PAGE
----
Syngenta Canada president Jay Bradshaw says wheat is Canada’s next “Cinderella” crop, but warns that the opportunity could be lost if governments stray from science-based regulations, discouraging private research investment.
“My biggest competitors are inside our own global research budget,” Bradshaw told the Western Canadian Wheat Growers convention in Vancouver last week. “We need to ensure that Canada continues to get research-investment funding. Right now other parts of the world have higher returns on research in the current environment.”
Wheat Growers president Kevin Bender, who farms at Bentley, Alta., said he has seen wheat acreage drop over the years, and believes that biotechnology and GM wheat can help reverse the trend.
“Bill C-474, which wants to stop biotech or genetically modified development of crops until there has been a study done on foreign market acceptance, would really be a step back for us,” said Bender. “If that happens here, the money could be going into other countries and Canada would really fall behind. We need to stay with the rest of the world when it comes to the development of crops.”
Bradshaw cites Bill C-474 and the Ontario government’s cosmetic pesticide ban as examples of regulation that moved away from pure science and creates an unstable environment for investment.
“When you look at a company like Syngenta that spends a billion dollars a year on research, there are other options,” said Bradshaw. “Head office is allocating research spending, looking at return on investment plus what we want to do as individual countries. When you get a couple of things that show they may be leaning away from science-based regulation, there may be better places to put our dollars.”
Bradshaw says he’s not giving up – it’s his job to advocate for continued investment in Canada. As long as the industry and government can work together, he is confident that wheat will be the next big success story for Canadian agriculture.
“Historically canola was the Cinderella crop for Western Canada – Canadian research, and Canadian innovation moving from rapeseed to canola,” said Bradshaw. “Now there are 18 million to 20 million acres planted, and $4 billion to 5 billion in exports. It created a phenomenal industry for Canada. We can do it again. We can do it with wheat.”
Regulation is not the only success factor in the development of GM wheat in Canada. Trish Jordan of Monsanto Canada has seen a change in the appetite of industry for the development of new technologies.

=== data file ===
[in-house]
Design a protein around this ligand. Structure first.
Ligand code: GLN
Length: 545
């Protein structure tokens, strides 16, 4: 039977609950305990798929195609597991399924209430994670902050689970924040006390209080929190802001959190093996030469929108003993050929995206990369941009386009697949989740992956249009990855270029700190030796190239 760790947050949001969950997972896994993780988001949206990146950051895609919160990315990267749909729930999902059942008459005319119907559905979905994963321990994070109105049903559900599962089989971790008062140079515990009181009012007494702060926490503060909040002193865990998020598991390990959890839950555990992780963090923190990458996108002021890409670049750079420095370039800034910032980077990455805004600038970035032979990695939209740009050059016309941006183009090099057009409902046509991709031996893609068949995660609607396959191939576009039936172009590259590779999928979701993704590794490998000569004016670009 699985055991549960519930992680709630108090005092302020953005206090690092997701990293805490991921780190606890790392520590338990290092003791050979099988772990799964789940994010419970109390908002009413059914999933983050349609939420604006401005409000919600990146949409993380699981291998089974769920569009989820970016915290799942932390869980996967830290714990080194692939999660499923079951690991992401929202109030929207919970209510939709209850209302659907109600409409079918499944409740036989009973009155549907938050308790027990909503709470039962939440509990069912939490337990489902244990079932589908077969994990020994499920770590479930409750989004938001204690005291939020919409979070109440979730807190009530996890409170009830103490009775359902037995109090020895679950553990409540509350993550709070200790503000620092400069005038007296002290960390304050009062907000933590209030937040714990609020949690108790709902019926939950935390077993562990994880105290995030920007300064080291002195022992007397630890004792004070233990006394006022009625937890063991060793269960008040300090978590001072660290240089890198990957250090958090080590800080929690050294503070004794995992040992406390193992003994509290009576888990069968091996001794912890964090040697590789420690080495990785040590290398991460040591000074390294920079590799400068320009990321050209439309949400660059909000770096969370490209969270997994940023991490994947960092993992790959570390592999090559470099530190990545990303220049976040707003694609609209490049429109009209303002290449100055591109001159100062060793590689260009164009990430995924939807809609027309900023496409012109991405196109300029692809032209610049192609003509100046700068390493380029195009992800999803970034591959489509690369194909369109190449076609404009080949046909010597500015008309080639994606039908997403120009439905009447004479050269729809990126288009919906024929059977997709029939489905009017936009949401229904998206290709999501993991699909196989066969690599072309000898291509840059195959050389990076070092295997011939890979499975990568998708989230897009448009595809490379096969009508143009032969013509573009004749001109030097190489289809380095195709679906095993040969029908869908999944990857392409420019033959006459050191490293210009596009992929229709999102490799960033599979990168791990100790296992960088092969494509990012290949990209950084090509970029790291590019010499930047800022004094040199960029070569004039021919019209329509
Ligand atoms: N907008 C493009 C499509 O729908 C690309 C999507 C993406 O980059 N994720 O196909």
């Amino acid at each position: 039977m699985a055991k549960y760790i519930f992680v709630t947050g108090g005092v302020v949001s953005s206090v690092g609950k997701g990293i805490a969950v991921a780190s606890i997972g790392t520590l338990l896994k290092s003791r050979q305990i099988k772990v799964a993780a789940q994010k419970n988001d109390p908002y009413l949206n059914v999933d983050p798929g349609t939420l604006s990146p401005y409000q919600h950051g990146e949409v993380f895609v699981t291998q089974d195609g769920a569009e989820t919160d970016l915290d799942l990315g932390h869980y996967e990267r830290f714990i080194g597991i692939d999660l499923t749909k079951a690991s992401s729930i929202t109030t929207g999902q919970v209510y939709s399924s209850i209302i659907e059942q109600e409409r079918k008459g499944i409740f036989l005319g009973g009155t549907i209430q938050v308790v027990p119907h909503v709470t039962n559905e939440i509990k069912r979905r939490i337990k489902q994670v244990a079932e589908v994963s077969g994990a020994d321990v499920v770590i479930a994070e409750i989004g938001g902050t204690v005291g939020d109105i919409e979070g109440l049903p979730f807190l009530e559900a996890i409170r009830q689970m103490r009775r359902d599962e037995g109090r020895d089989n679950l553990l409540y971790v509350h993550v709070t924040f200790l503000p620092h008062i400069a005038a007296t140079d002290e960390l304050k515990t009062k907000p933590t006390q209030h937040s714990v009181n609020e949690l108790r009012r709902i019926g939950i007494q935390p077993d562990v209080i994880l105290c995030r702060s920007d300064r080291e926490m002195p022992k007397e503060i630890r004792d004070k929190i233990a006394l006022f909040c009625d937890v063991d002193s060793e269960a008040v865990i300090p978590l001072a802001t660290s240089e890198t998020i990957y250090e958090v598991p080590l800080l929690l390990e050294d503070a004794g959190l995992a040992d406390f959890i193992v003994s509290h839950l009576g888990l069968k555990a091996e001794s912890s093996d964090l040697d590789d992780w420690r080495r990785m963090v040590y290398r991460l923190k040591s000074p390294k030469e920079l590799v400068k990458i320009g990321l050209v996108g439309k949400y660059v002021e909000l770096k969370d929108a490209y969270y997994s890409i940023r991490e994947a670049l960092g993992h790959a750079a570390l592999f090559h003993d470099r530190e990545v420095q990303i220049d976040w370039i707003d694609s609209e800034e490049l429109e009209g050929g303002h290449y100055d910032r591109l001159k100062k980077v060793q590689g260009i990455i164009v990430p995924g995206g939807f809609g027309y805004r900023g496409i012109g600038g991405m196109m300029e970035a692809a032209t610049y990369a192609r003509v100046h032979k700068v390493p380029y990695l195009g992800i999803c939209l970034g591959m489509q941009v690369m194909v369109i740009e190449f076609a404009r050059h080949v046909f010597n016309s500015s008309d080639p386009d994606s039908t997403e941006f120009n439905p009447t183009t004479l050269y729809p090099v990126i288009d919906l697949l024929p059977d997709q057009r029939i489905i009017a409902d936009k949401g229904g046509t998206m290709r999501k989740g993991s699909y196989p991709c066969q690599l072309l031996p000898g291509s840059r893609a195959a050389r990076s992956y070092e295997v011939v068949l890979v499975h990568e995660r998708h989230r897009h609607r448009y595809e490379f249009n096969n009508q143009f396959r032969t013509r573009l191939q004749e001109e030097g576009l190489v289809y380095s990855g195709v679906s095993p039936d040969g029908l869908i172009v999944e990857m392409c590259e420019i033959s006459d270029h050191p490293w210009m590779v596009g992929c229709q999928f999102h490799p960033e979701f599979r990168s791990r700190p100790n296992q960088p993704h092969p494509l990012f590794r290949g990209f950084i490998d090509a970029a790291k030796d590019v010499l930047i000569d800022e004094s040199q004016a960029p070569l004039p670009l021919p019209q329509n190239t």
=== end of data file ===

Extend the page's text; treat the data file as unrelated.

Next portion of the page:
“Up until two years ago wheat was out of the picture because there was too much volatility and divergence about whether biotechnology was the way to go within the farmer base, the sector, and the federal government,” she said. “When you have that much volatility it’s not a good environment for investment.”
While the major players in biotechnology are lining up to get into the wheat market, translating the success of canola into wheat will ultimately depend on the industry’s commitment to cross-sector collaboration. Bradshaw points to the success of the Canola Council of Canada.
“Every canola grower grows wheat,” he says. “It’s the same people. Let’s take that knowledge and learning and apply it to the wheat industry.
“If we are going to get into GM wheat, we are realistically seven to eight years out. If we start these collaborative discussions today then maybe by the time the technology is ready we’ll have public acceptance, so let’s get started.”
Bradshaw predicts that the next-step change in technology and yield advancement in wheat will come from partnerships between private and public breeders. As the largest private breeder in cereal crops, Syngenta is looking to Canada, the U.S., Australia, and even Eastern Europe for research partnerships.
“Sooner or later we are going to have to pick, and I want Canada to be the one,” says Bradshaw. “I think we have the best opportunity. We already have the credibility and status as one of the best, highest- quality wheat-producing countries in the world. I don’t want to see that slip, but I suspect that other countries have almost caught up to us, and I see their potential going past us.”